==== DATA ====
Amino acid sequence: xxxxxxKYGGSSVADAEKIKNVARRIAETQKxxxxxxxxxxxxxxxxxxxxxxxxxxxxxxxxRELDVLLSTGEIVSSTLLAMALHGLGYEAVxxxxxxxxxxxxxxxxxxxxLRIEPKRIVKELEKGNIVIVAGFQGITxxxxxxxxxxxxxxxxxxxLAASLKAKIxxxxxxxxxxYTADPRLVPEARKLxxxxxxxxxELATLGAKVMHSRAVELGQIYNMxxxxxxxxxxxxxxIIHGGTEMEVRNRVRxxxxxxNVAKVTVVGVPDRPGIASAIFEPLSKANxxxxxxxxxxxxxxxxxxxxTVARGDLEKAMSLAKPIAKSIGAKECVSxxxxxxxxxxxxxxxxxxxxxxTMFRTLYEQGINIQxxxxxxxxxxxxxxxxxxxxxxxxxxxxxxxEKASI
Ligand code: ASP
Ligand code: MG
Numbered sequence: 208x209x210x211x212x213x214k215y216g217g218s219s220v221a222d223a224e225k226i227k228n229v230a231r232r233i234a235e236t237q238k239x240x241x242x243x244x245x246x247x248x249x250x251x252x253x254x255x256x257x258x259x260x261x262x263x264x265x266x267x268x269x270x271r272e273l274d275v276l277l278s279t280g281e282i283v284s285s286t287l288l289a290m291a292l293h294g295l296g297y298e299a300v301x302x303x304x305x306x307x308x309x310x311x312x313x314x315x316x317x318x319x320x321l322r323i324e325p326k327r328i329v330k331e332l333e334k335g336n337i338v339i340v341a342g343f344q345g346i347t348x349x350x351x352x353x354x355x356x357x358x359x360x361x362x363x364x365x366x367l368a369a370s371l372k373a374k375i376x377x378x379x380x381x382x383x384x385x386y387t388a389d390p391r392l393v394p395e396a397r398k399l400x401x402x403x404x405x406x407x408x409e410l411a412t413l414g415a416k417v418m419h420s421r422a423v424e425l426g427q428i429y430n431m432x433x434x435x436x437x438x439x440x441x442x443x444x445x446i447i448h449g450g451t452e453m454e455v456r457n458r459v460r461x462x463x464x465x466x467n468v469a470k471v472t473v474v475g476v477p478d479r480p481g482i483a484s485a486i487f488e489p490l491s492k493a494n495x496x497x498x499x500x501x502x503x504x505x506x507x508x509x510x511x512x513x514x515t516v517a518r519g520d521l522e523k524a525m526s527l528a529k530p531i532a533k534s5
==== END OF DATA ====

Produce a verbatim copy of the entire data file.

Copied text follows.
Amino acid sequence: xxxxxxKYGGSSVADAEKIKNVARRIAETQKxxxxxxxxxxxxxxxxxxxxxxxxxxxxxxxxRELDVLLSTGEIVSSTLLAMALHGLGYEAVxxxxxxxxxxxxxxxxxxxxLRIEPKRIVKELEKGNIVIVAGFQGITxxxxxxxxxxxxxxxxxxxLAASLKAKIxxxxxxxxxxYTADPRLVPEARKLxxxxxxxxxELATLGAKVMHSRAVELGQIYNMxxxxxxxxxxxxxxIIHGGTEMEVRNRVRxxxxxxNVAKVTVVGVPDRPGIASAIFEPLSKANxxxxxxxxxxxxxxxxxxxxTVARGDLEKAMSLAKPIAKSIGAKECVSxxxxxxxxxxxxxxxxxxxxxxTMFRTLYEQGINIQxxxxxxxxxxxxxxxxxxxxxxxxxxxxxxxEKASI
Ligand code: ASP
Ligand code: MG
Numbered sequence: 208x209x210x211x212x213x214k215y216g217g218s219s220v221a222d223a224e225k226i227k228n229v230a231r232r233i234a235e236t237q238k239x240x241x242x243x244x245x246x247x248x249x250x251x252x253x254x255x256x257x258x259x260x261x262x263x264x265x266x267x268x269x270x271r272e273l274d275v276l277l278s279t280g281e282i283v284s285s286t287l288l289a290m291a292l293h294g295l296g297y298e299a300v301x302x303x304x305x306x307x308x309x310x311x312x313x314x315x316x317x318x319x320x321l322r323i324e325p326k327r328i329v330k331e332l333e334k335g336n337i338v339i340v341a342g343f344q345g346i347t348x349x350x351x352x353x354x355x356x357x358x359x360x361x362x363x364x365x366x367l368a369a370s371l372k373a374k375i376x377x378x379x380x381x382x383x384x385x386y387t388a389d390p391r392l393v394p395e396a397r398k399l400x401x402x403x404x405x406x407x408x409e410l411a412t413l414g415a416k417v418m419h420s421r422a423v424e425l426g427q428i429y430n431m432x433x434x435x436x437x438x439x440x441x442x443x444x445x446i447i448h449g450g451t452e453m454e455v456r457n458r459v460r461x462x463x464x465x466x467n468v469a470k471v472t473v474v475g476v477p478d479r480p481g482i483a484s485a486i487f488e489p490l491s492k493a494n495x496x497x498x499x500x501x502x503x504x505x506x507x508x509x510x511x512x513x514x515t516v517a518r519g520d521l522e523k524a525m526s527l528a529k530p531i532a533k534s5